# Force problem

1. Mar 10, 2006

### rculley1970

I have a frictionless force problem. A car is traveling north and there is a Y intersection. 480N to the left at 11 degrees, 400N to the right at 26 degrees. Can I find the magnitude and direction of these 2 forces without the mass of the car?

I am coming up with 155.6N but am still working on the direction.

2. Mar 10, 2006

### lightgrav

We can't tell whether the 11 degrees is measured clockwise from the left direction, (ie, 11 degrees toward negative y from the negative-x axis?)
or whether it is 11 degrees clockwise from the left (11 deg toward +y from-x)

Find each component first, of each Force. Then add each component separately.
Finally use Pythagoras to get the magnitude of the total Force, if needed.
use the inverse tan(Fy/Fx) to get the angle.

3. Mar 10, 2006

### rculley1970

Sorry, I meant it going north as in the y direction. 11 degress going negative from the y-axis and 26 degress going positive from the y-axis. I forgot about the inverse tangent function to find the angle. thank you for that. This is what I have:
F(x)=-480(cos11) + 400(cos26)
F(y)=400(sin26) + 480(sin11)

F(x) = -111
F(y) = 267

a = .099 m/s^2

Just let me know if this is wrong. I will rerun the numbers again to verify.

4. Mar 10, 2006

### lightgrav

From your description, I expect each Force to be mostly in the y-direction.
But using -480N cos(11) makes almost all the Force in the (-) x-direction ...
Should you switch the sines with the cosines?
(yes, if the 11 degree angle is measured from the y-axis)

You can't predict an acceleration without knowing the mass, though.

5. Mar 10, 2006

### rculley1970

Not sure if i can put a graphic on here but:

480N \11 deg |26 deg / 400N
\ | /
\ | /
\ | /
\ | /
\ |/
------------------------------------------------------
/|\
|
|

6. Mar 10, 2006

### rculley1970

figured out the magnitude. 914.8. but still working on the angle.

7. Mar 10, 2006

### lightgrav

That's what I thought - these small angles are being measured from the y-axis.
So the small components are the x-components, with large y-components.
Verify by adding the component VECTORS (tail-to-tip) to get the diagonal.
sin(11) = - F1x / F1 ... sin(26) = + F2x / F2y

8. Mar 10, 2006

### lightgrav

umm, did you forget that the x-components tend to cancel?

9. Mar 10, 2006

### rculley1970

thank you for the help, lightgrav. I did mix up the cos and sin. had them backwards. I am using the ThompsonNOW website where the teacher posts the homework. The mag is 914.8 and the a=.288m/s^2. Just trying to figure out the angle though. Give me a few minutes on this one.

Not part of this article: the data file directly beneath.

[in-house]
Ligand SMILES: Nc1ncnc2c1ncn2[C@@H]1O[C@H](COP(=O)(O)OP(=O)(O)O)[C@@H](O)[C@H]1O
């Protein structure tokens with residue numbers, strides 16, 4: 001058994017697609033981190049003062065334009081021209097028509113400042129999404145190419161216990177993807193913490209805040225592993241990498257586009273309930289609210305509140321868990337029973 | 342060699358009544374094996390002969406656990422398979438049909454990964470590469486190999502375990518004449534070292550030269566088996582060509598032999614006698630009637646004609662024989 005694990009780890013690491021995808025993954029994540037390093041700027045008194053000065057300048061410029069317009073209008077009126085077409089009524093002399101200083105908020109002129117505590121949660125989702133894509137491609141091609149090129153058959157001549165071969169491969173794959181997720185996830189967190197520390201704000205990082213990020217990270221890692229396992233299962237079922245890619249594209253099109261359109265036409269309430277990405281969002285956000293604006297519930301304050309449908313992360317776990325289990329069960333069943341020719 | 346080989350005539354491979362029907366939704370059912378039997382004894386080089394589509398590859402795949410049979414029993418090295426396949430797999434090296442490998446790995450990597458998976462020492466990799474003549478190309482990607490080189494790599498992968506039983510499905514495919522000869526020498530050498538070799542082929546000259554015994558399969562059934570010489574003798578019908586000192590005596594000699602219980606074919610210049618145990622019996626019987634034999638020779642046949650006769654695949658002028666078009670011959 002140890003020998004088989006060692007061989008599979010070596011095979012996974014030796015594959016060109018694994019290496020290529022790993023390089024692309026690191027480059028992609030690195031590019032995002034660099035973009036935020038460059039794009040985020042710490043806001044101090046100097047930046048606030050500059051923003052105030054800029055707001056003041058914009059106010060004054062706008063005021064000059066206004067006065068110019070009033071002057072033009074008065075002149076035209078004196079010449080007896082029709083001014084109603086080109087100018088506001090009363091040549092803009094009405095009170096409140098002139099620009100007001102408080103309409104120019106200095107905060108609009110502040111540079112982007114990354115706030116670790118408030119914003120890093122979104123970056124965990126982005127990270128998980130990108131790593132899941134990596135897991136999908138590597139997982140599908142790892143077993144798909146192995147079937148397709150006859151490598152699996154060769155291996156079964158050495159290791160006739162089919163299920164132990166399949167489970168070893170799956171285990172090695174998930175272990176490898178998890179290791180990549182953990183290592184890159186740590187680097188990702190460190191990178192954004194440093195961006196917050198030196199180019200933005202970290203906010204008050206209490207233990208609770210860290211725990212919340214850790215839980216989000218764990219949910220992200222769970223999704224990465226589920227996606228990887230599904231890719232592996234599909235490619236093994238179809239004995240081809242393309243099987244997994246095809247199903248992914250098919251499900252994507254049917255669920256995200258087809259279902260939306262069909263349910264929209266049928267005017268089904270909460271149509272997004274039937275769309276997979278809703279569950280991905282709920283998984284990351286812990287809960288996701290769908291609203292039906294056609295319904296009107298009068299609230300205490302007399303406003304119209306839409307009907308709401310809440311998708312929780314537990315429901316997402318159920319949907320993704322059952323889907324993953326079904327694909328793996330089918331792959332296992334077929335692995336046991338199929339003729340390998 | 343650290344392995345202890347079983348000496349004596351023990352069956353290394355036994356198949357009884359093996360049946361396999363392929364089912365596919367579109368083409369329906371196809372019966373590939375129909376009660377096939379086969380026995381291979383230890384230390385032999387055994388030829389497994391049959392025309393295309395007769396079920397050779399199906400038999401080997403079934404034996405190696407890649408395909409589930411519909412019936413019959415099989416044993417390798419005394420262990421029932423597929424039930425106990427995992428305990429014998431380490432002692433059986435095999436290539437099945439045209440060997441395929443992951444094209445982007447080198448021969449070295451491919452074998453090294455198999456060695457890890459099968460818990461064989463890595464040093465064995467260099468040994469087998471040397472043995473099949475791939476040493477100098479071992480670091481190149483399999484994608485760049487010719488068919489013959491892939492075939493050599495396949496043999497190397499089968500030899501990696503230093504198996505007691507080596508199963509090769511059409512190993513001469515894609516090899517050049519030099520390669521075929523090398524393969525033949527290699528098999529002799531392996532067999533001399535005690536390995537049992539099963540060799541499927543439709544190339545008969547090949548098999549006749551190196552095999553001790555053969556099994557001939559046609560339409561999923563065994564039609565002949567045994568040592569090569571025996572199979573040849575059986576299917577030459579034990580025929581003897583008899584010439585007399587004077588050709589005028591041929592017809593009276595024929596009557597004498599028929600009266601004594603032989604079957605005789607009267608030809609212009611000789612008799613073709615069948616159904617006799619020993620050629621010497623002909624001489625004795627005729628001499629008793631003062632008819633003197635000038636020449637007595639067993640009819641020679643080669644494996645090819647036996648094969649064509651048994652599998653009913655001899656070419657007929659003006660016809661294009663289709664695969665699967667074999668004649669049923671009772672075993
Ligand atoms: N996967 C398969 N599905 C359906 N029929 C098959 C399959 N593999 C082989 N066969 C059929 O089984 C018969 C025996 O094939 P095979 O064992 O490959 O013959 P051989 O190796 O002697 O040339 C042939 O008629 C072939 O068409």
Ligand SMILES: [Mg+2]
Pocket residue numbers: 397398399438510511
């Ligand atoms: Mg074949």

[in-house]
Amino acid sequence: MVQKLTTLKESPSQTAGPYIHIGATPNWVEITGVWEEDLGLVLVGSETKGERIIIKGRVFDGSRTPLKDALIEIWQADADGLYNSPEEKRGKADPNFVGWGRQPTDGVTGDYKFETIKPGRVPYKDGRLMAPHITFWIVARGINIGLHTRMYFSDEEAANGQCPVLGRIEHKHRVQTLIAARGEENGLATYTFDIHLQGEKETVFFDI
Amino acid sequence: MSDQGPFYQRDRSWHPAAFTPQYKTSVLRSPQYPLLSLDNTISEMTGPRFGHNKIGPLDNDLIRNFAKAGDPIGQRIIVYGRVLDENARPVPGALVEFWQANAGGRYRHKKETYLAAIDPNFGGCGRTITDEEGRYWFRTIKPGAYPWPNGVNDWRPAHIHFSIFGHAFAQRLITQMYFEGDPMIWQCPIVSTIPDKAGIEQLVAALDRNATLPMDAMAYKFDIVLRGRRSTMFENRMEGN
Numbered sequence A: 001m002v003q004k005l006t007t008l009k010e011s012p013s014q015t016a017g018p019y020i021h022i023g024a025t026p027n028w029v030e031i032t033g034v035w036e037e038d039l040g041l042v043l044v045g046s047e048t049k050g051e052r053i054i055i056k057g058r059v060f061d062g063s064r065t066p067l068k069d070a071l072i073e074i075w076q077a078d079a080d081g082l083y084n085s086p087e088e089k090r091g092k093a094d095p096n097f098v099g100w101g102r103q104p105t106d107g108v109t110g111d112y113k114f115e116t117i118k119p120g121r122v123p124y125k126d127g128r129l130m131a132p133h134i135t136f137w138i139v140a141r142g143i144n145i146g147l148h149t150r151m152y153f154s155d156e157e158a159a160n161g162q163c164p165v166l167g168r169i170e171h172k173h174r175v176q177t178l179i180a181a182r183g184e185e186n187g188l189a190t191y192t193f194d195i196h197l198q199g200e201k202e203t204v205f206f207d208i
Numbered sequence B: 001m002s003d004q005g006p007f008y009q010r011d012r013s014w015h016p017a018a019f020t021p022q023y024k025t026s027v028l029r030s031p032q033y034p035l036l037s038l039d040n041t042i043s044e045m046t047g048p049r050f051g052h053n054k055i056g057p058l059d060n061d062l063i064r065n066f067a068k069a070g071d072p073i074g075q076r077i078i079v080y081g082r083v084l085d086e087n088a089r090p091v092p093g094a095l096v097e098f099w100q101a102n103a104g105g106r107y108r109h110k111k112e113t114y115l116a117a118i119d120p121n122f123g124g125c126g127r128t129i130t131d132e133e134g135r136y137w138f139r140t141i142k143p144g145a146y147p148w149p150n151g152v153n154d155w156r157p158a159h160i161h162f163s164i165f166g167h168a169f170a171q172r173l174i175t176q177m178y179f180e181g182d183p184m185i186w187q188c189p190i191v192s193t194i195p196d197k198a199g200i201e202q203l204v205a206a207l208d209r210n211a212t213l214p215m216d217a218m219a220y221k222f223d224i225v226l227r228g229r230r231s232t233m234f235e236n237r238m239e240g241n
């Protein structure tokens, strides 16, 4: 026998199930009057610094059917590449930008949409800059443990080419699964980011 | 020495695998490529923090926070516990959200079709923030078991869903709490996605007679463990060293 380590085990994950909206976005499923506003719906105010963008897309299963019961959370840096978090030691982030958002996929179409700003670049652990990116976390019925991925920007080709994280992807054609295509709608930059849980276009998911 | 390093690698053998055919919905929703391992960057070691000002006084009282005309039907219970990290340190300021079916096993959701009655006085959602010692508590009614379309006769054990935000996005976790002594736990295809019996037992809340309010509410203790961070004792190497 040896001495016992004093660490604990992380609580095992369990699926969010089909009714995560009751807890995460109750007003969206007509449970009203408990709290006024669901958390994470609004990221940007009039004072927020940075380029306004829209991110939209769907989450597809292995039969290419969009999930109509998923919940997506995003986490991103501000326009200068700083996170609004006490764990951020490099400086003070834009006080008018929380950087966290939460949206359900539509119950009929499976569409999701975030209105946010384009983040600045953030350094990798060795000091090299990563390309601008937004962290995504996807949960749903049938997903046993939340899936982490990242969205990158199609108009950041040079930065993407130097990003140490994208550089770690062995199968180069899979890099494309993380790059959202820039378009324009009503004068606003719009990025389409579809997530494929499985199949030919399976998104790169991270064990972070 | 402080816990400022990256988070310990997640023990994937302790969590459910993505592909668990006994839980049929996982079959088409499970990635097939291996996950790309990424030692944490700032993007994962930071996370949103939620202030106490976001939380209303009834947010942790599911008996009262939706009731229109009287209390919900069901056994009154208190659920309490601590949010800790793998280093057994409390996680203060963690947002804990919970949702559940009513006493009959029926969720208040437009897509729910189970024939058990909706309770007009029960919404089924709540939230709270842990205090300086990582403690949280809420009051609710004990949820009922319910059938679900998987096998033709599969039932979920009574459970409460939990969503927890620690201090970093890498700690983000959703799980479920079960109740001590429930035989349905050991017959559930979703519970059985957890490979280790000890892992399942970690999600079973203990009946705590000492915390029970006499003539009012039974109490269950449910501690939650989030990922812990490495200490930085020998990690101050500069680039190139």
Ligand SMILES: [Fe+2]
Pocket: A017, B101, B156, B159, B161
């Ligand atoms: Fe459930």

10. Mar 10, 2006

### rculley1970

Sorry, mass was given in part (b) of question: 2900Kg. Part (a) just asked for mag and dir. (b) asks for acceleration

11. Mar 10, 2006

### lightgrav

Even if the Forces were perfecly aligned, they would only add up to 880N !
The result of a vector addition is never greater than that ... NOT 914.8 N
(I got 834N).

12. Mar 10, 2006

### rculley1970

Odd, I can input the answers and it tells me if they are correct or incorrect. On the mag and acceleration, i got 914.8 and .288 respectively. It gave me credit for both of them. I keep getting the angle wrong though. will keep working on it.

13. Mar 10, 2006

### rculley1970

F(x)=-480(sin11) + 400(sin26) = 83.8
F(y)=480(cos11) + 400(cos26) = 831

a(x)=(83.8)/(2900) = .029
a(y)=(831)/(2900) = .287

a = .288

14. Mar 10, 2006

### rculley1970

I keep coming up with 84.2 degrees but the website keeps telling me it's incorrect.

15. Mar 11, 2006

### lightgrav

The magnitude of the Force vector is obtained by Pythagoras, not straight addition.

If their angles are measured from +y-axis, yours probably should be, too.

16. Mar 11, 2006

### rculley1970

sqr root( (.029)^2 + (.287)^2) = .288

17. Mar 11, 2006

### rculley1970

Crashing out for the night. Working on it tomorrow along with some friction problems. (ughhh) Too many equations. Mostly memorization of equations and when to use them from what I can tell. Will look into the current problem tomorrow. Thank you for your help.